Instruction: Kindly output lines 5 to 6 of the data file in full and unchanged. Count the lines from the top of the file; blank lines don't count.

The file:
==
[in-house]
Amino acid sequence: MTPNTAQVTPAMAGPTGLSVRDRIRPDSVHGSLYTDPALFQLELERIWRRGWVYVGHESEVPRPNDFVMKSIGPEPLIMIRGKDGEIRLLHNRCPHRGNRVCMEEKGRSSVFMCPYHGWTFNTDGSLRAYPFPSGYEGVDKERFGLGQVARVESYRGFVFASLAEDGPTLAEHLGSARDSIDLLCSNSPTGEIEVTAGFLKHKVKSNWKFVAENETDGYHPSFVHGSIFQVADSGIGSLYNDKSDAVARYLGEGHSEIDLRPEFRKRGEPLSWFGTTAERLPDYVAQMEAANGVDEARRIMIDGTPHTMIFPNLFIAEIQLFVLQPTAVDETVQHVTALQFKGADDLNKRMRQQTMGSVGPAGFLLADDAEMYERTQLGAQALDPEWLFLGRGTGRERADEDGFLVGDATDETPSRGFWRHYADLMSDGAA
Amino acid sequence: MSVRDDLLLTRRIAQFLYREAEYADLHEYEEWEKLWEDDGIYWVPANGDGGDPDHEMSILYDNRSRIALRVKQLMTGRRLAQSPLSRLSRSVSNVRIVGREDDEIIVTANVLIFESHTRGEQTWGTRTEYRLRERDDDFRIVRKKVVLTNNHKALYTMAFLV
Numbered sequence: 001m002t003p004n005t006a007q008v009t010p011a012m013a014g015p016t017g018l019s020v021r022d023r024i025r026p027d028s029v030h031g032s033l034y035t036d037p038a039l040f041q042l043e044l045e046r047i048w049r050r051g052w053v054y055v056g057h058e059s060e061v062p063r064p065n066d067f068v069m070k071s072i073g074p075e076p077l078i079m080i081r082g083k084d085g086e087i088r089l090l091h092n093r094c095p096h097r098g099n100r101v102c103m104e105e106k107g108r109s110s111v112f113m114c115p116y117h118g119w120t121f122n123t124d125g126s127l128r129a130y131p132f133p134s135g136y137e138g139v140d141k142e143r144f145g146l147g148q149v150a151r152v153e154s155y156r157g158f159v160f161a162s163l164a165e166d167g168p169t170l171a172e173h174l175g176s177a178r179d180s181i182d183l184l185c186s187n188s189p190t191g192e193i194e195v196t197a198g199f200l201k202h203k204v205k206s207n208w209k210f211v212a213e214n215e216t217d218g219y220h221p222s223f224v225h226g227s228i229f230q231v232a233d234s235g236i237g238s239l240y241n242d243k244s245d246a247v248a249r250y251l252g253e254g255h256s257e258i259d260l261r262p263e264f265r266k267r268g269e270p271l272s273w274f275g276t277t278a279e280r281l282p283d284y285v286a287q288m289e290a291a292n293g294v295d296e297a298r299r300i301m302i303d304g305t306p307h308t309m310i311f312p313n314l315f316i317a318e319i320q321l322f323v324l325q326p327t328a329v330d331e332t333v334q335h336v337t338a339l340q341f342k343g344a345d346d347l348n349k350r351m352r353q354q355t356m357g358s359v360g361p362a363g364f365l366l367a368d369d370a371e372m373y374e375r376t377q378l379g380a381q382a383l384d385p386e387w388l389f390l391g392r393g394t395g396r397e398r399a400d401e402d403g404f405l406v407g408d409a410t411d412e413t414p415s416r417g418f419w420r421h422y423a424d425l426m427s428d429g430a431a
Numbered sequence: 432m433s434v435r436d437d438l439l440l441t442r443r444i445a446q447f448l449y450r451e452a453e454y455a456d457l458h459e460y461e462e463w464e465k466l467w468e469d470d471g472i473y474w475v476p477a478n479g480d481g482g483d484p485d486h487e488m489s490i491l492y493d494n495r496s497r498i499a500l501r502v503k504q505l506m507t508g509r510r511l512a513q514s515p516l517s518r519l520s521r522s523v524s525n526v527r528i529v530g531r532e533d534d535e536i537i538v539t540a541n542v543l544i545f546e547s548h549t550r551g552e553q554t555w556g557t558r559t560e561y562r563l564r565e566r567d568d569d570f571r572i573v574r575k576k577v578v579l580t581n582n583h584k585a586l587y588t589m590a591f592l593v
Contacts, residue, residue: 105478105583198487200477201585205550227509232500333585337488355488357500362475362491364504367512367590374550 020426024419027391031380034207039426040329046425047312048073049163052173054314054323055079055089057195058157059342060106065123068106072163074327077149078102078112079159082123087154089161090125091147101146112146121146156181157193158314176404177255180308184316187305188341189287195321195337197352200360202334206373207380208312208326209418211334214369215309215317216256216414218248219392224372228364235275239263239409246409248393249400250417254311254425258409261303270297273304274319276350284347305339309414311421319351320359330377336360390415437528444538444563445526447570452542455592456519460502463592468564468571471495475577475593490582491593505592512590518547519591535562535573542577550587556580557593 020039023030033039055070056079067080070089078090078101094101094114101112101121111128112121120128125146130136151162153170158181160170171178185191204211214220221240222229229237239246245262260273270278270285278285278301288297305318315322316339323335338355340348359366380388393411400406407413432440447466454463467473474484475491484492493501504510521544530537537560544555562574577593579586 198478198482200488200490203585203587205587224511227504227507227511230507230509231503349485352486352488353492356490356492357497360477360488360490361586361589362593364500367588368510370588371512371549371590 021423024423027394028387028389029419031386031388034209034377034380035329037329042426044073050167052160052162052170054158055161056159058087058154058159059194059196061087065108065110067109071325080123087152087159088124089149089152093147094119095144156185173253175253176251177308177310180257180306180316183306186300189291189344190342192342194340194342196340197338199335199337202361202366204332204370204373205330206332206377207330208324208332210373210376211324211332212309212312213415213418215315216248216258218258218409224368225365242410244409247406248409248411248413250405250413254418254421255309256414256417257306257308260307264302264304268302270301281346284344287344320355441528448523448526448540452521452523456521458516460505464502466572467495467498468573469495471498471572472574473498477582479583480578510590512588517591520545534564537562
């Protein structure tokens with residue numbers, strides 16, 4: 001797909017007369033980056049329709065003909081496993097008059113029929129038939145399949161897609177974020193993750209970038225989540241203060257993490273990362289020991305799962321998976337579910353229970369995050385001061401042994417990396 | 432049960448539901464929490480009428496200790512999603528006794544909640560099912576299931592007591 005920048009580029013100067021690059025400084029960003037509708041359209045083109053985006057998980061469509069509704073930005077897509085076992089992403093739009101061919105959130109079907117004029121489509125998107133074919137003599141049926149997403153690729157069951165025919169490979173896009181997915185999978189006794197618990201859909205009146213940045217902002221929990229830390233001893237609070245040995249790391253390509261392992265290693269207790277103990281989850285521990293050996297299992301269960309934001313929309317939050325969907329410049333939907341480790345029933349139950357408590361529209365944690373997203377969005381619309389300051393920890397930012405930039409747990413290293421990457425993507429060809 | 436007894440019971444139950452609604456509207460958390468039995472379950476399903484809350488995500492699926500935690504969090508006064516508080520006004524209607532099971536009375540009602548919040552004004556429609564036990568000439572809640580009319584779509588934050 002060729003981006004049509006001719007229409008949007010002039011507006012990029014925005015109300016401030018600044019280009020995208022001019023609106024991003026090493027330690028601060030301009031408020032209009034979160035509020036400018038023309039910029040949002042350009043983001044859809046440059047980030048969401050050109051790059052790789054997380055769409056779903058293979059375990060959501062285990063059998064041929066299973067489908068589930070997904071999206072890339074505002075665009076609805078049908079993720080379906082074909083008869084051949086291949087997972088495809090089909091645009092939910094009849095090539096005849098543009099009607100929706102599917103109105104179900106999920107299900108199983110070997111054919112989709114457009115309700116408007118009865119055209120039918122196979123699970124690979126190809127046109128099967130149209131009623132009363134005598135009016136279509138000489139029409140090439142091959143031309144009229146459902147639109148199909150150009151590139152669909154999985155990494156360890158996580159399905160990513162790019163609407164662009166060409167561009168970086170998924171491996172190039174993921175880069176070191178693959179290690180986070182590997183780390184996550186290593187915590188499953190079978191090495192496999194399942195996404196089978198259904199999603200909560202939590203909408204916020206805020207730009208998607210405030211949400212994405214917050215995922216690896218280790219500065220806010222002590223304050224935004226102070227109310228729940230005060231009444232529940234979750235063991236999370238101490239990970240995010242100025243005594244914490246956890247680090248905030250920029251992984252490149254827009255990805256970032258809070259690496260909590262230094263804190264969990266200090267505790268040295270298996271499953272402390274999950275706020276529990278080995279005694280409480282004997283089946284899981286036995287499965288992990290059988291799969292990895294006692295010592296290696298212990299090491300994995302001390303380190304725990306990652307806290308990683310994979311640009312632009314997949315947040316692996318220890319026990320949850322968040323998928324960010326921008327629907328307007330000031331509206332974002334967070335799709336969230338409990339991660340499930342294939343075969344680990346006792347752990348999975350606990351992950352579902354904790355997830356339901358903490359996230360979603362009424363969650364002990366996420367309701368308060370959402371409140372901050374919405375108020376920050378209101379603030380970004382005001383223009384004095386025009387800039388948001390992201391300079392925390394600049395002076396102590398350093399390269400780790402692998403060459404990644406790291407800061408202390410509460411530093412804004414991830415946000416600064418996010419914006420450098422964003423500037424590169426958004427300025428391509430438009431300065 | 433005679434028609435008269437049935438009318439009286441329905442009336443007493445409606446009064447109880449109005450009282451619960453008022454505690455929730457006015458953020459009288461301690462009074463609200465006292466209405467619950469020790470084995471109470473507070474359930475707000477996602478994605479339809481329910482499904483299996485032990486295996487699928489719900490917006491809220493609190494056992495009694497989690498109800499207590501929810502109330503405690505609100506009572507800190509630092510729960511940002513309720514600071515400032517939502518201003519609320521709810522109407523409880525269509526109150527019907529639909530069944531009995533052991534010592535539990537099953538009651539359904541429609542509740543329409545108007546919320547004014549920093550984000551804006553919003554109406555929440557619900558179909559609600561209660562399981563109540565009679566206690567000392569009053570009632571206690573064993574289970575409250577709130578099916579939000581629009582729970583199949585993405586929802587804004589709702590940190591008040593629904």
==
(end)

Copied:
Numbered sequence: 432m433s434v435r436d437d438l439l440l441t442r443r444i445a446q447f448l449y450r451e452a453e454y455a456d457l458h459e460y461e462e463w464e465k466l467w468e469d470d471g472i473y474w475v476p477a478n479g480d481g482g483d484p485d486h487e488m489s490i491l492y493d494n495r496s497r498i499a500l501r502v503k504q505l506m507t508g509r510r511l512a513q514s515p516l517s518r519l520s521r522s523v524s525n526v527r528i529v530g531r532e533d534d535e536i537i538v539t540a541n542v543l544i545f546e547s548h549t550r551g552e553q554t555w556g557t558r559t560e561y562r563l564r565e566r567d568d569d570f571r572i573v574r575k576k577v578v579l580t581n582n583h584k585a586l587y588t589m590a591f592l593v
Contacts, residue, residue: 105478105583198487200477201585205550227509232500333585337488355488357500362475362491364504367512367590374550 020426024419027391031380034207039426040329046425047312048073049163052173054314054323055079055089057195058157059342060106065123068106072163074327077149078102078112079159082123087154089161090125091147101146112146121146156181157193158314176404177255180308184316187305188341189287195321195337197352200360202334206373207380208312208326209418211334214369215309215317216256216414218248219392224372228364235275239263239409246409248393249400250417254311254425258409261303270297273304274319276350284347305339309414311421319351320359330377336360390415437528444538444563445526447570452542455592456519460502463592468564468571471495475577475593490582491593505592512590518547519591535562535573542577550587556580557593 020039023030033039055070056079067080070089078090078101094101094114101112101121111128112121120128125146130136151162153170158181160170171178185191204211214220221240222229229237239246245262260273270278270285278285278301288297305318315322316339323335338355340348359366380388393411400406407413432440447466454463467473474484475491484492493501504510521544530537537560544555562574577593579586 198478198482200488200490203585203587205587224511227504227507227511230507230509231503349485352486352488353492356490356492357497360477360488360490361586361589362593364500367588368510370588371512371549371590 021423024423027394028387028389029419031386031388034209034377034380035329037329042426044073050167052160052162052170054158055161056159058087058154058159059194059196061087065108065110067109071325080123087152087159088124089149089152093147094119095144156185173253175253176251177308177310180257180306180316183306186300189291189344190342192342194340194342196340197338199335199337202361202366204332204370204373205330206332206377207330208324208332210373210376211324211332212309212312213415213418215315216248216258218258218409224368225365242410244409247406248409248411248413250405250413254418254421255309256414256417257306257308260307264302264304268302270301281346284344287344320355441528448523448526448540452521452523456521458516460505464502466572467495467498468573469495471498471572472574473498477582479583480578510590512588517591520545534564537562